In this article, the first of four posts, Corin Birchall of Kerching! Retail looks at retail models that can bolster gross margins. These articles are part of the MIA’s new initiative “The Future of Music Retail”: a series of articles, regional workshops and video training materials, designed to help our retail members flourish in today’s tough trading climate and in the years to come.
Few customer deem it palatable to be charged a premium for a branded product, above what is promoted online. There are, however, many aspects of a transaction that are less sensitive to comparison, or may be desirable yet were not on the shopping list at all.
The voting has recently ended for this years NAMM Top 100 competition. This is a great opportunity to hear the stories of MI retailers -that have evolved and re-positioned their business for the new trading landscape: Tuition, rental and loyalty schemes have transformed many music retailers in the US. I will share some of the best ideas over the next few posts.
Closer to home, working with businesses outside of music retail has given me a perspective on how some sectors manage to operate with lower margins on branded goods, and that’s where I’d like to start…
Forget the primary item, look at everything else
I was working with a camera reseller recently. A branded DSLR would yield gross margins of around 8%. How can you sustain a bricks and mortar business on an 8% margin? Well this particular business focuses on two areas:
- Selling accessories and add-ons. “By and large our shoppers are less sensitive to the selling price of accessories, certainly the lower priced items, its all about getting the best price on the main item.” He stated. This isn’t news to us, but if you ran a report today in your business, how many transactions are made up of just one item? I suspect more than there should be. This is one area we will set out to fix in the regional workshops and eLearning. Book for our retail workshop (FREE for MIA members) here
- Selling training. DSLRs are pretty complicated bits of kit. For a customer to get the benefit of a DLSR’s features you need to understand some basics in photography: Aperture, ISO and shutter speed. This retailer covers all of these in short 30x minute training sessions in-store. Training is 121 and charged at £25 a session. The training is well publicised in-store, adding value and helping to close more sales.
This training approach could easily be transferred to MI. Many of the products we sell are quite complex, whether acoustic or digital. Short 121 training sessions in-store, or over SKYPE could add considerable margin to transactions.
Otherwise know as… previously owned, vintage, pre-loved, nearly new or previously played.
We’ve seen a couple of our big players do a push on second hand recently and this is great to see. For those businesses with a bricks and mortar presence, previously owned products can drive footfall. EBay and Reverb make it easy for customers to do price comparison, so stores will still need to be reasonably competitive, although no two second hand guitars are the same. The beauty of buying pre-owned from a store is you get guarantees and support, simply not possible from eBay or a private seller.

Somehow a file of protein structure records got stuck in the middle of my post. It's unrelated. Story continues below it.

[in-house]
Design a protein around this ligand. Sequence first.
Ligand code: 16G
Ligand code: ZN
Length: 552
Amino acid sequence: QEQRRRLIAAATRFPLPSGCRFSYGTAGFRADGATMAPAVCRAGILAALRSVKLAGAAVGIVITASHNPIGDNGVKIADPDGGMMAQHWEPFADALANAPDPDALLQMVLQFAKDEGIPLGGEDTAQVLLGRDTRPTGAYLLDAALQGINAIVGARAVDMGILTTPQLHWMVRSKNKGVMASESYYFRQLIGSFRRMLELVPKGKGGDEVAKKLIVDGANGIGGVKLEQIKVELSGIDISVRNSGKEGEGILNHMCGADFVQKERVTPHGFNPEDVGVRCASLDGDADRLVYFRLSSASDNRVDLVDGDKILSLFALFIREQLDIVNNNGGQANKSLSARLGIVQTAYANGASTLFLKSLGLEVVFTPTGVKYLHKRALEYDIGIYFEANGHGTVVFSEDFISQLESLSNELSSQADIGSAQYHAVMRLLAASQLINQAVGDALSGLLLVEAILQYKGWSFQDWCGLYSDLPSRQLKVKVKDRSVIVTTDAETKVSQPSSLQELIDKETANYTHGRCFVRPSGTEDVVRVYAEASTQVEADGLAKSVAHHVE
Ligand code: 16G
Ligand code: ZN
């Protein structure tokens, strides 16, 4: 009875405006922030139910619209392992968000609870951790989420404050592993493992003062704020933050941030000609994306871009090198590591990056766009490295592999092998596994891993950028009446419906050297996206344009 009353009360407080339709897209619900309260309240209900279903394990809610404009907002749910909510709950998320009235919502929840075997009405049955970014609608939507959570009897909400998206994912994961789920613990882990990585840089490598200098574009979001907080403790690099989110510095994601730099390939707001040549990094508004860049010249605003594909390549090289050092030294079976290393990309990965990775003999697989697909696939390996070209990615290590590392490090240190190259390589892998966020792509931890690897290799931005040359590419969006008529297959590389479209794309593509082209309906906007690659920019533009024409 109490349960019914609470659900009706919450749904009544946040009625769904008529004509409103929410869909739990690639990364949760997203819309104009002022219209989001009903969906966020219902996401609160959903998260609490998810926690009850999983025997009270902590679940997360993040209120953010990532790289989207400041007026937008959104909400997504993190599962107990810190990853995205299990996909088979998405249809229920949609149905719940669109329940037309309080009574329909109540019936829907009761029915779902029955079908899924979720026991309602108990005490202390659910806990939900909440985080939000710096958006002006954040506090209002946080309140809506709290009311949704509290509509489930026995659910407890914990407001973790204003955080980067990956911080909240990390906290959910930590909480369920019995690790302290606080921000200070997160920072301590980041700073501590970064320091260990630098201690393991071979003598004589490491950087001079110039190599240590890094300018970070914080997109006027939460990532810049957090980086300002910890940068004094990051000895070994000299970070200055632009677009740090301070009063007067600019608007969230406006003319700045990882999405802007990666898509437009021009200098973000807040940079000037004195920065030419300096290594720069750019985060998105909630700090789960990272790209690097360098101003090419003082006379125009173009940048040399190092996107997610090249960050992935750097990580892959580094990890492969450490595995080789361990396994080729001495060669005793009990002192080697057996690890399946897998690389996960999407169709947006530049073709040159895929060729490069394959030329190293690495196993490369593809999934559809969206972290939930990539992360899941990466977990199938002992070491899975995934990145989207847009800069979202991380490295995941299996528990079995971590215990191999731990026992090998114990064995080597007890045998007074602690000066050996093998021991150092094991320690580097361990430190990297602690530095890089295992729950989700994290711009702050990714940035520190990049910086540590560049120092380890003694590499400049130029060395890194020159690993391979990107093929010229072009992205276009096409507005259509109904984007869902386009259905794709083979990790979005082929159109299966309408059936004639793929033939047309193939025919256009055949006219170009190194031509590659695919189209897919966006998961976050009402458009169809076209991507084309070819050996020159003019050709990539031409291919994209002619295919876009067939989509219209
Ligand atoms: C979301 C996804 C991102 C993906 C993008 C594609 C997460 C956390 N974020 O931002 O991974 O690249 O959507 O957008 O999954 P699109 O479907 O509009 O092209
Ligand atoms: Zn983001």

With your added services of fresh strings, setup and warranty, pre-owned acoustic instruments from a retailer are a no brainer.
Some stores have decided to reduce the amount of capital tied up in stock by operating as an agency, to private sellers. This model is popular with dress agencies, stock is put in by the seller on ‘sale or return’ and a commission taken at the point of sale.
Warranties and insurances
Music retailers should explore extracting some of the service elements of their offer and charge customers for them, as bolt ons and service packs. This can also help customers understand and appreciate price variations between distance sellers and local stores.
Dixons Retail, home of Currys/PcWorld and Car Phone Warehouse charge £35 to set-up your laptop when you collect it from the store. Dixons also push their post sale service contracts and warranties hard. Dixons currently have around 11 million service contracts and warranties in place, across their portfolio of products, reportedly generating 50% of their profit.
Apple will provide free product support in their 38x UK stores, but still successfully charge between £99 and £250 for its premium Applecare package.
My local BMW service centre is a great customer experience. They will toast you a tea cake on arrival, offer you unlimited tea and coffee, you can book an appointment with the onsite barber and enjoy free WiFi, whilst you watch the oil free spotlessly dressed mechanic plug his laptop into your car from a viewing gallery. They can afford to, as the cost of a service pack is eye watering.
I was talking to the Director of Operations, “Yes we turnover much more here than the showroom”. Servicing, warranties and repairs not only enhance the customer experience but can yield good profit. In house engineers generate regular traffic to a store and service plans can be added to the sale to bolster margins.
Should customers expect premium service at the lowest internet price?
More thoughts on bolstering margin next week!
Don’t forget to book yourself or your team on to the Future of Music Retail workshops – https://www.eventbrite.co.uk/o/mia-music-industries-association-15069947337
The event and online training tools are FREE to MIA member retailers. Non-MIA members are welcome to attend the workshops for just £149+VAT.